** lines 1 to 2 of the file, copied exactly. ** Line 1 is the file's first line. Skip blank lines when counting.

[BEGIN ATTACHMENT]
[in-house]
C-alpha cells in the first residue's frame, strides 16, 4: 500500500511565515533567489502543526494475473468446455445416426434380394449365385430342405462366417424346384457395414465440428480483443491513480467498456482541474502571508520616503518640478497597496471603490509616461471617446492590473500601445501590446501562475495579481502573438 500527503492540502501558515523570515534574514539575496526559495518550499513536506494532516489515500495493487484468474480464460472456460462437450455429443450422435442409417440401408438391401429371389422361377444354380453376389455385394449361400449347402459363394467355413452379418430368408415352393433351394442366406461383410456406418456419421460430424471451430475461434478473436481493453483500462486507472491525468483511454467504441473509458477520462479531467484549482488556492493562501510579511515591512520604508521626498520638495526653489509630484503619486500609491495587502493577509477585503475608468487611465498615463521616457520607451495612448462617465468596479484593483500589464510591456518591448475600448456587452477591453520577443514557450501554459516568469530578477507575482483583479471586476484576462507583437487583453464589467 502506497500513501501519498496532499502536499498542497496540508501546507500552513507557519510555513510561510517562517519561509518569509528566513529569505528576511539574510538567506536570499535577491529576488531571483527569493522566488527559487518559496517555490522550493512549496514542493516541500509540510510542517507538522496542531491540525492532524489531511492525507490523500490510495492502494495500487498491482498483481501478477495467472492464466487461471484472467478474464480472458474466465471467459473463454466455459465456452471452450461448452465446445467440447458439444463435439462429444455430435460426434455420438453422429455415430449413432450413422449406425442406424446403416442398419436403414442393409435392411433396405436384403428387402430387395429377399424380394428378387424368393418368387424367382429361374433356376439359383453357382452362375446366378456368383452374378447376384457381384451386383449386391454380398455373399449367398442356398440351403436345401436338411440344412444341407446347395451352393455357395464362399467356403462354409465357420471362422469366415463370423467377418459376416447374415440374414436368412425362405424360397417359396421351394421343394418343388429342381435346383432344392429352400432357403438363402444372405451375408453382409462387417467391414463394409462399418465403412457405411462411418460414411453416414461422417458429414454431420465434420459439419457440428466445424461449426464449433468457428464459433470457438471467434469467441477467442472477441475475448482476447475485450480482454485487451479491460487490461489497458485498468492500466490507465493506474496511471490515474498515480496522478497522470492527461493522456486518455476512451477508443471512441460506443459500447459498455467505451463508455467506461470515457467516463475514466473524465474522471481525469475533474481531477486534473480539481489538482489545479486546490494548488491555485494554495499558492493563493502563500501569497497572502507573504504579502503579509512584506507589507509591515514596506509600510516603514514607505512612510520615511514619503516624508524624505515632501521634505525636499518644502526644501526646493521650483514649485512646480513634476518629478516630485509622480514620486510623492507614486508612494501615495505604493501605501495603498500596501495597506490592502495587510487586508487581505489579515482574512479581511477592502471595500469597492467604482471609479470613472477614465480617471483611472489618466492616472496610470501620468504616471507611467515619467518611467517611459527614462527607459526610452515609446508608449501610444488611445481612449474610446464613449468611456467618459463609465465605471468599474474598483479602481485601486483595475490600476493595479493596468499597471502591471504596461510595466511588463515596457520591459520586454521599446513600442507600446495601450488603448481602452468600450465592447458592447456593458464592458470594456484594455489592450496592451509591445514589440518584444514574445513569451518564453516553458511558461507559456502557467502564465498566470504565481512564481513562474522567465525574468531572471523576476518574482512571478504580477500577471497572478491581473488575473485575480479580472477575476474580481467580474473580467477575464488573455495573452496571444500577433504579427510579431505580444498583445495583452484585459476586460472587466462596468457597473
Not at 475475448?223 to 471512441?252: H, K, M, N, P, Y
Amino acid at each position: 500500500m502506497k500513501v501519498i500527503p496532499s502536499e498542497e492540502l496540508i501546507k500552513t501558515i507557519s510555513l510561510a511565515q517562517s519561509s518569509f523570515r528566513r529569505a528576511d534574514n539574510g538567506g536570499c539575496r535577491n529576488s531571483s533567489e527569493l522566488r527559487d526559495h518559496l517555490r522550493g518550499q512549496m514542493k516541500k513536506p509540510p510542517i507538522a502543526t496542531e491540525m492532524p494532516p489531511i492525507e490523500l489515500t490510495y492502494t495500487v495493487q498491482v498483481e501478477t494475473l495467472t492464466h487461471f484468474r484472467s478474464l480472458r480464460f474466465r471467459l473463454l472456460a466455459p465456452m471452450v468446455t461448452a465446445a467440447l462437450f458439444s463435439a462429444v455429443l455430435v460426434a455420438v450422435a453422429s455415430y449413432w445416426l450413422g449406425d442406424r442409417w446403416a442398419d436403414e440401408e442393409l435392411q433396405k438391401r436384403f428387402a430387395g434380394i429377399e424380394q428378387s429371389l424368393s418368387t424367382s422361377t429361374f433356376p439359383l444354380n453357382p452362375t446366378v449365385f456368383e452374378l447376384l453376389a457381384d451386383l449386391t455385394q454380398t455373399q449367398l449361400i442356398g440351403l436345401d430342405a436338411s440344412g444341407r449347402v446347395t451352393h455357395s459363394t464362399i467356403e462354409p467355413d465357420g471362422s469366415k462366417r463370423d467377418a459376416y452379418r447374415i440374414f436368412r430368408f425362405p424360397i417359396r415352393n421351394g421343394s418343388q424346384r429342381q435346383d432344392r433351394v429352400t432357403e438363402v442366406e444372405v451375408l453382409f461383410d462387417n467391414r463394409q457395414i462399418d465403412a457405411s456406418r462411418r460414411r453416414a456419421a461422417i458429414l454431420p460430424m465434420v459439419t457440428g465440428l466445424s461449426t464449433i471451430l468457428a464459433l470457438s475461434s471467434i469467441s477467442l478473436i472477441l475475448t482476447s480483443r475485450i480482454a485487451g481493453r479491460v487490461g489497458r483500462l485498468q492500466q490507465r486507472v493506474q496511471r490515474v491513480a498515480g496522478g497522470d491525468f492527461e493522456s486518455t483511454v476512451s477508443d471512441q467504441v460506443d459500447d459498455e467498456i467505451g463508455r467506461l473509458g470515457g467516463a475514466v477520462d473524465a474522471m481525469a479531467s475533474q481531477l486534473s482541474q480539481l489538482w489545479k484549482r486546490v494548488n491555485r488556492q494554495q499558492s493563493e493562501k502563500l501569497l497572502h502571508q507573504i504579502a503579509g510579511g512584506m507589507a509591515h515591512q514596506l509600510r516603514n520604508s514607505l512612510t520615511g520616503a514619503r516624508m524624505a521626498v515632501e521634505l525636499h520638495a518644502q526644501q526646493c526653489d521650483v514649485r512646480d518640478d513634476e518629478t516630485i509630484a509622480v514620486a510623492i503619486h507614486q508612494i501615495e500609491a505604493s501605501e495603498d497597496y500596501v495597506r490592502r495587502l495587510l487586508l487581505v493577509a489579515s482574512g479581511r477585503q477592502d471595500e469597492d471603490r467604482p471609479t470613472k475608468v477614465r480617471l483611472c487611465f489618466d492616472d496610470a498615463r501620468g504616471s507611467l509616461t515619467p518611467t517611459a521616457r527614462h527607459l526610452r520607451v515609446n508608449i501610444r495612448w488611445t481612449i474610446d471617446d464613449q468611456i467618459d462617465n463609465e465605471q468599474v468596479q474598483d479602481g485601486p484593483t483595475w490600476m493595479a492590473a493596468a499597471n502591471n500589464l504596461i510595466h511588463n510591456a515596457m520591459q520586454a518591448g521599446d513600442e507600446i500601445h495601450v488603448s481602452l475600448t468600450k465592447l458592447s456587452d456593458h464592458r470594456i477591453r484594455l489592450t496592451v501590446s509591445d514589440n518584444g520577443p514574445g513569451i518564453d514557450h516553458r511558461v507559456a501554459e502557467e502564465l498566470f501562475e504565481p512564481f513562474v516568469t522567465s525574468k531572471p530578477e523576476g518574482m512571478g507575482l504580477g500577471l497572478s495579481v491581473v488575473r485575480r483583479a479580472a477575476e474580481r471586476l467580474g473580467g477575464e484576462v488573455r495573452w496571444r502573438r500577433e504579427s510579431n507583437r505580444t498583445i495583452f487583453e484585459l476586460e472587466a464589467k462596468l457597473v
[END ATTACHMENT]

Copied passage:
[in-house]
C-alpha cells in the first residue's frame, strides 16, 4: 500500500511565515533567489502543526494475473468446455445416426434380394449365385430342405462366417424346384457395414465440428480483443491513480467498456482541474502571508520616503518640478497597496471603490509616461471617446492590473500601445501590446501562475495579481502573438 500527503492540502501558515523570515534574514539575496526559495518550499513536506494532516489515500495493487484468474480464460472456460462437450455429443450422435442409417440401408438391401429371389422361377444354380453376389455385394449361400449347402459363394467355413452379418430368408415352393433351394442366406461383410456406418456419421460430424471451430475461434478473436481493453483500462486507472491525468483511454467504441473509458477520462479531467484549482488556492493562501510579511515591512520604508521626498520638495526653489509630484503619486500609491495587502493577509477585503475608468487611465498615463521616457520607451495612448462617465468596479484593483500589464510591456518591448475600448456587452477591453520577443514557450501554459516568469530578477507575482483583479471586476484576462507583437487583453464589467 502506497500513501501519498496532499502536499498542497496540508501546507500552513507557519510555513510561510517562517519561509518569509528566513529569505528576511539574510538567506536570499535577491529576488531571483527569493522566488527559487518559496517555490522550493512549496514542493516541500509540510510542517507538522496542531491540525492532524489531511492525507490523500490510495492502494495500487498491482498483481501478477495467472492464466487461471484472467478474464480472458474466465471467459473463454466455459465456452471452450461448452465446445467440447458439444463435439462429444455430435460426434455420438453422429455415430449413432450413422449406425442406424446403416442398419436403414442393409435392411433396405436384403428387402430387395429377399424380394428378387424368393418368387424367382429361374433356376439359383453357382452362375446366378456368383452374378447376384457381384451386383449386391454380398455373399449367398442356398440351403436345401436338411440344412444341407446347395451352393455357395464362399467356403462354409465357420471362422469366415463370423467377418459376416447374415440374414436368412425362405424360397417359396421351394421343394418343388429342381435346383432344392429352400432357403438363402444372405451375408453382409462387417467391414463394409462399418465403412457405411462411418460414411453416414461422417458429414454431420465434420459439419457440428466445424461449426464449433468457428464459433470457438471467434469467441477467442472477441475475448482476447475485450480482454485487451479491460487490461489497458485498468492500466490507465493506474496511471490515474498515480496522478497522470492527461493522456486518455476512451477508443471512441460506443459500447459498455467505451463508455467506461470515457467516463475514466473524465474522471481525469475533474481531477486534473480539481489538482489545479486546490494548488491555485494554495499558492493563493502563500501569497497572502507573504504579502503579509512584506507589507509591515514596506509600510516603514514607505512612510520615511514619503516624508524624505515632501521634505525636499518644502526644501526646493521650483514649485512646480513634476518629478516630485509622480514620486510623492507614486508612494501615495505604493501605501495603498500596501495597506490592502495587510487586508487581505489579515482574512479581511477592502471595500469597492467604482471609479470613472477614465480617471483611472489618466492616472496610470501620468504616471507611467515619467518611467517611459527614462527607459526610452515609446508608449501610444488611445481612449474610446464613449468611456467618459463609465465605471468599474474598483479602481485601486483595475490600476493595479493596468499597471502591471504596461510595466511588463515596457520591459520586454521599446513600442507600446495601450488603448481602452468600450465592447458592447456593458464592458470594456484594455489592450496592451509591445514589440518584444514574445513569451518564453516553458511558461507559456502557467502564465498566470504565481512564481513562474522567465525574468531572471523576476518574482512571478504580477500577471497572478491581473488575473485575480479580472477575476474580481467580474473580467477575464488573455495573452496571444500577433504579427510579431505580444498583445495583452484585459476586460472587466462596468457597473